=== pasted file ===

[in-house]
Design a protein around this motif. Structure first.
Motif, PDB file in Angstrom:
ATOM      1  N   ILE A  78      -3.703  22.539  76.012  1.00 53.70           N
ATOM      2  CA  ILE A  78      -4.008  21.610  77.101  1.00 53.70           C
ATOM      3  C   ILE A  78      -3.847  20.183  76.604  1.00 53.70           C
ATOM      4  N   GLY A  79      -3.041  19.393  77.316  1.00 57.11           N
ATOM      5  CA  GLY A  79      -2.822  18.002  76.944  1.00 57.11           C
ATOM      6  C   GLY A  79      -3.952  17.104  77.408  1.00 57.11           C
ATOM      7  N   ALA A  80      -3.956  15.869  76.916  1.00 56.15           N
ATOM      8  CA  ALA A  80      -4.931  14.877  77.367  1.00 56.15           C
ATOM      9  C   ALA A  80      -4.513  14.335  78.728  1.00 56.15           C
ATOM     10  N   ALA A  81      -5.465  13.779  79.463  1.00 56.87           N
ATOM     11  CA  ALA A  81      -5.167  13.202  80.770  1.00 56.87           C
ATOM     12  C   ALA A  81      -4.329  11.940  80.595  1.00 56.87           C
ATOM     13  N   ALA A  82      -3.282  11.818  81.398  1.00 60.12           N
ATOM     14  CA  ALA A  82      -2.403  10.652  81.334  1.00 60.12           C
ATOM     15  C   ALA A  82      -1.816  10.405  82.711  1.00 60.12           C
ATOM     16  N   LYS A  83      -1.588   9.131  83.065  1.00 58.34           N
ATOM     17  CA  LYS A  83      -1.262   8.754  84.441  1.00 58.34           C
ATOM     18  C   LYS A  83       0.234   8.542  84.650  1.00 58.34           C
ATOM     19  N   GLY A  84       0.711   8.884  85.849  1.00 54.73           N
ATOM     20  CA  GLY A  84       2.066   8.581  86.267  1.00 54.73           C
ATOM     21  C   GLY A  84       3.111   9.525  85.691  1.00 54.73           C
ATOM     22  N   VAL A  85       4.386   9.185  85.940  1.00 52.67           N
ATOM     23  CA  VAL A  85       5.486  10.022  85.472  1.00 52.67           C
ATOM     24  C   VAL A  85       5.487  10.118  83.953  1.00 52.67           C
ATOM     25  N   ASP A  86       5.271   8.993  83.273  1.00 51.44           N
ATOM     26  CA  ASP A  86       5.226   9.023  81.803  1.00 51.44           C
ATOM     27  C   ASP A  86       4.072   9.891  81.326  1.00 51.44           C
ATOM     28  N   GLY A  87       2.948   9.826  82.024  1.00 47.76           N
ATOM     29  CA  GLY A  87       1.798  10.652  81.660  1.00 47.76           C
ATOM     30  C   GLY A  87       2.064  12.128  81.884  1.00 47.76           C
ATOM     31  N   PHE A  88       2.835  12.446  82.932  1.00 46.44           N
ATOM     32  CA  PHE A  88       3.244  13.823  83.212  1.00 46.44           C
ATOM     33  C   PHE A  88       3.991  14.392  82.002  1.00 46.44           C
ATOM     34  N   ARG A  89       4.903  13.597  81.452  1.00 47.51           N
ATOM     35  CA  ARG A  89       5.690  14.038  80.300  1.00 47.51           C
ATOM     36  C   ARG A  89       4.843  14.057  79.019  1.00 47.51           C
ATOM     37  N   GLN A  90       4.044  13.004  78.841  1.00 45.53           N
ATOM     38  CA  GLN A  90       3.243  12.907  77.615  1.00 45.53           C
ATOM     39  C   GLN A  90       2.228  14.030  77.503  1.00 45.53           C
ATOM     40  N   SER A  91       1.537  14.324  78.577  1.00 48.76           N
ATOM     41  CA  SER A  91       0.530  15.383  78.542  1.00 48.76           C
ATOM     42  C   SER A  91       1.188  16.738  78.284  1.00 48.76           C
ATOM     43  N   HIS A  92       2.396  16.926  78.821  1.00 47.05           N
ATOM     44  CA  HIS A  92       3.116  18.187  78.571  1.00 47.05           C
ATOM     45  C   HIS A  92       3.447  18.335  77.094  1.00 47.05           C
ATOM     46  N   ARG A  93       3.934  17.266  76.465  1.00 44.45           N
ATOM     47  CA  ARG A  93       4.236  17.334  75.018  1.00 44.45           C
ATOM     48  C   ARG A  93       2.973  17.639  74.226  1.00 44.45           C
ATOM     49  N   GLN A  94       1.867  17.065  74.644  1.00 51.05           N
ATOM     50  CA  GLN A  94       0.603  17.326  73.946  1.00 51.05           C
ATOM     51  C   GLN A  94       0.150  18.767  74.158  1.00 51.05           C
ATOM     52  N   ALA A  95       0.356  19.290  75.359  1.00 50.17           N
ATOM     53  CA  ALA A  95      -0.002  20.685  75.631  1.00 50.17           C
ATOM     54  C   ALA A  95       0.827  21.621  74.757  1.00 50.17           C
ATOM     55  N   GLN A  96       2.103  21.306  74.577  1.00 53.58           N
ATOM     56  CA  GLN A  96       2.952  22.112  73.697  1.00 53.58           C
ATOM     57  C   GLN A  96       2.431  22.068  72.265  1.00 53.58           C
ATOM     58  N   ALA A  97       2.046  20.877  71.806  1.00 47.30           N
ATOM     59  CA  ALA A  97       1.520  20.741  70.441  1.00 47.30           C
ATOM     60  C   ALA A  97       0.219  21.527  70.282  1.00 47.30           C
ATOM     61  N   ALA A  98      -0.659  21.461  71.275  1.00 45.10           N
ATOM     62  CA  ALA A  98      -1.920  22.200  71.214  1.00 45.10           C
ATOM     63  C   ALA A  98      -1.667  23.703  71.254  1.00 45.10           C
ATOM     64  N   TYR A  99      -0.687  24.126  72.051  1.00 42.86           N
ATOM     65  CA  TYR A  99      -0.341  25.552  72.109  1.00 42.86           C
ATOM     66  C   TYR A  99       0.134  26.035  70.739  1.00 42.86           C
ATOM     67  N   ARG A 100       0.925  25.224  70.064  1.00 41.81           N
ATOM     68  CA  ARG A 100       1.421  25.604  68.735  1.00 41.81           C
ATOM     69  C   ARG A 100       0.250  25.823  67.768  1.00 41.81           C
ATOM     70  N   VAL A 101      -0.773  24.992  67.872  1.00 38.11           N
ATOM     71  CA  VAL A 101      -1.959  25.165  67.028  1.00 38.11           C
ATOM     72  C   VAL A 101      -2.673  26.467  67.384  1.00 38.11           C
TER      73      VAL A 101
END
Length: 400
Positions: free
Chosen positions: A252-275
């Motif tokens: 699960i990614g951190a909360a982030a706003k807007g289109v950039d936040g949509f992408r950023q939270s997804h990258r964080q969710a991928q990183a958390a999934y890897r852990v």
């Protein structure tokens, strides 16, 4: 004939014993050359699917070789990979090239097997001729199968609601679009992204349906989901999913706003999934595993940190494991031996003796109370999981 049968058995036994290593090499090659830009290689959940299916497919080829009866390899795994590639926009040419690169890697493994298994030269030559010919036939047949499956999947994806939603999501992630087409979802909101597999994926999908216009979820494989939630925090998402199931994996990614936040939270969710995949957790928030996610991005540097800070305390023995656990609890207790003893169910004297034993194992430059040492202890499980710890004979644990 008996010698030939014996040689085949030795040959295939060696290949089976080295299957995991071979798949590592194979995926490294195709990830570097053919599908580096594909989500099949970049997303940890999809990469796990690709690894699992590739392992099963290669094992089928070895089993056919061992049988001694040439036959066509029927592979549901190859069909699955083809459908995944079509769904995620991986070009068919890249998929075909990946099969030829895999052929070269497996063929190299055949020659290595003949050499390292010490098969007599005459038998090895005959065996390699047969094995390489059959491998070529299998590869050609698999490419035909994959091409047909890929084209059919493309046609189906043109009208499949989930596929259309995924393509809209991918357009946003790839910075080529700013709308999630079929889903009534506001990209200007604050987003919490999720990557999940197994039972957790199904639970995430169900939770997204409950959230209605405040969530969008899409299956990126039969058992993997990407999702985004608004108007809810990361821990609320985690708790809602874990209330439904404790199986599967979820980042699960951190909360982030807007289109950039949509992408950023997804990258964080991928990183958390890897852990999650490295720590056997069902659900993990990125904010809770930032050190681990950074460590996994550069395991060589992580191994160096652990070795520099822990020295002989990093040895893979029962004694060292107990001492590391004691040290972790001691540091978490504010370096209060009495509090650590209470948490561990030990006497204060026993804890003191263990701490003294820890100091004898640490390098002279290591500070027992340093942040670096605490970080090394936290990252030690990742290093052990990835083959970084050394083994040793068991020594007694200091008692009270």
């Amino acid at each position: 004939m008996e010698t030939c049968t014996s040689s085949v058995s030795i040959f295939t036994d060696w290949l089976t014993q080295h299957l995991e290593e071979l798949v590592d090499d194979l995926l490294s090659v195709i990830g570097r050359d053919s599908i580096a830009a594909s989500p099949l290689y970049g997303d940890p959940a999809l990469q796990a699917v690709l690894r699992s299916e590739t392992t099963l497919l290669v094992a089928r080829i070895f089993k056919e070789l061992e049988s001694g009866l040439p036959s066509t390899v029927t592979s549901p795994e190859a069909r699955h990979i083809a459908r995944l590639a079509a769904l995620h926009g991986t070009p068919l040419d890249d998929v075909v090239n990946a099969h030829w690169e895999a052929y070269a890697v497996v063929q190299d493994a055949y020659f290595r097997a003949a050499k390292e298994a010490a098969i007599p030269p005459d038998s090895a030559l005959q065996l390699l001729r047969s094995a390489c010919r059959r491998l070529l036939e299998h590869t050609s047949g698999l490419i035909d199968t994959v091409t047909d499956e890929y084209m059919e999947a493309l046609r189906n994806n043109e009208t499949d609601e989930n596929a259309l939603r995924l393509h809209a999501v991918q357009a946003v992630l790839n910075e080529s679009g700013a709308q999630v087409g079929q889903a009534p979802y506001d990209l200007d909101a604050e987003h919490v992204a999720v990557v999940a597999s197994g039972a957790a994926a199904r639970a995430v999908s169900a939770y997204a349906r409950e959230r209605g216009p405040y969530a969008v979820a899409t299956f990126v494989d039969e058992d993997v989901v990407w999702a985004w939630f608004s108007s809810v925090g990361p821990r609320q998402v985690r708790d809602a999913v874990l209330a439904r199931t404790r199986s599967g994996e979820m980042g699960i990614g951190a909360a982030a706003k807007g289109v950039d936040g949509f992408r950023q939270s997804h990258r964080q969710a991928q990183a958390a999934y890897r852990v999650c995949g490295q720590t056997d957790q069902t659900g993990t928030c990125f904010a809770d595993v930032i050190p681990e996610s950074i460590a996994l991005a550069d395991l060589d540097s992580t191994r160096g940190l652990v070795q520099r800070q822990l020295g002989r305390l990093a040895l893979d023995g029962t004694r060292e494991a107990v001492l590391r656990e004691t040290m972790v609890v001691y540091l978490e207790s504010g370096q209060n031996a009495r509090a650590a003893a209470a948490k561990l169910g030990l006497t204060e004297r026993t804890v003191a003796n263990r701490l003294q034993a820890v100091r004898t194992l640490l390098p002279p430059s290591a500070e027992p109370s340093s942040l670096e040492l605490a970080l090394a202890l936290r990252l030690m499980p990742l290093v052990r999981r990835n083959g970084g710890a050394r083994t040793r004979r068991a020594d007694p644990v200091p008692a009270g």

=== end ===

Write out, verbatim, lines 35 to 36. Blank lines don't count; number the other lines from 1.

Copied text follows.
ATOM     32  CA  PHE A  88       3.244  13.823  83.212  1.00 46.44           C
ATOM     33  C   PHE A  88       3.991  14.392  82.002  1.00 46.44           C